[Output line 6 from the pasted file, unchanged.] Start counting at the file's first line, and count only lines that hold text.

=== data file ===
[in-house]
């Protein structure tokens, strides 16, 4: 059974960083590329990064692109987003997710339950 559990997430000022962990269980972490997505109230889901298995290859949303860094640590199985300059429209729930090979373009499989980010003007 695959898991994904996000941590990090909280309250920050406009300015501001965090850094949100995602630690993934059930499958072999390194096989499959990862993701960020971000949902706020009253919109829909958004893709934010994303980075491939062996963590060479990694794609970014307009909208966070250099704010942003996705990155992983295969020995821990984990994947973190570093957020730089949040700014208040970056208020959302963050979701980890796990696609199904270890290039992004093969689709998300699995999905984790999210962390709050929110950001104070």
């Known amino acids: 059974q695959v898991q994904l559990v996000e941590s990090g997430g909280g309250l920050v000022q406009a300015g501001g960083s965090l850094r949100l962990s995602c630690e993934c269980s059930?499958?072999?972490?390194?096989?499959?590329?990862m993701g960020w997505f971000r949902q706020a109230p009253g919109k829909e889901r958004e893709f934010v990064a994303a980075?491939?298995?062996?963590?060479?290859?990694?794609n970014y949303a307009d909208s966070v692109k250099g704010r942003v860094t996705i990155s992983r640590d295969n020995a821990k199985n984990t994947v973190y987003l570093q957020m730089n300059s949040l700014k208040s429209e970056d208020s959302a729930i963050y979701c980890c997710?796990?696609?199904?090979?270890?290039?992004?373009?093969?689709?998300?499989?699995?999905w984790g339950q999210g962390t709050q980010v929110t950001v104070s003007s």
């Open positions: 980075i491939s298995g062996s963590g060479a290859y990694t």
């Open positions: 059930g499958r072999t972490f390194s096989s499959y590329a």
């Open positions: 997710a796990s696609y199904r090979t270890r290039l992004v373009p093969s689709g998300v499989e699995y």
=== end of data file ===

């Open positions: 997710a796990s696609y199904r090979t270890r290039l992004v373009p093969s689709g998300v499989e699995y």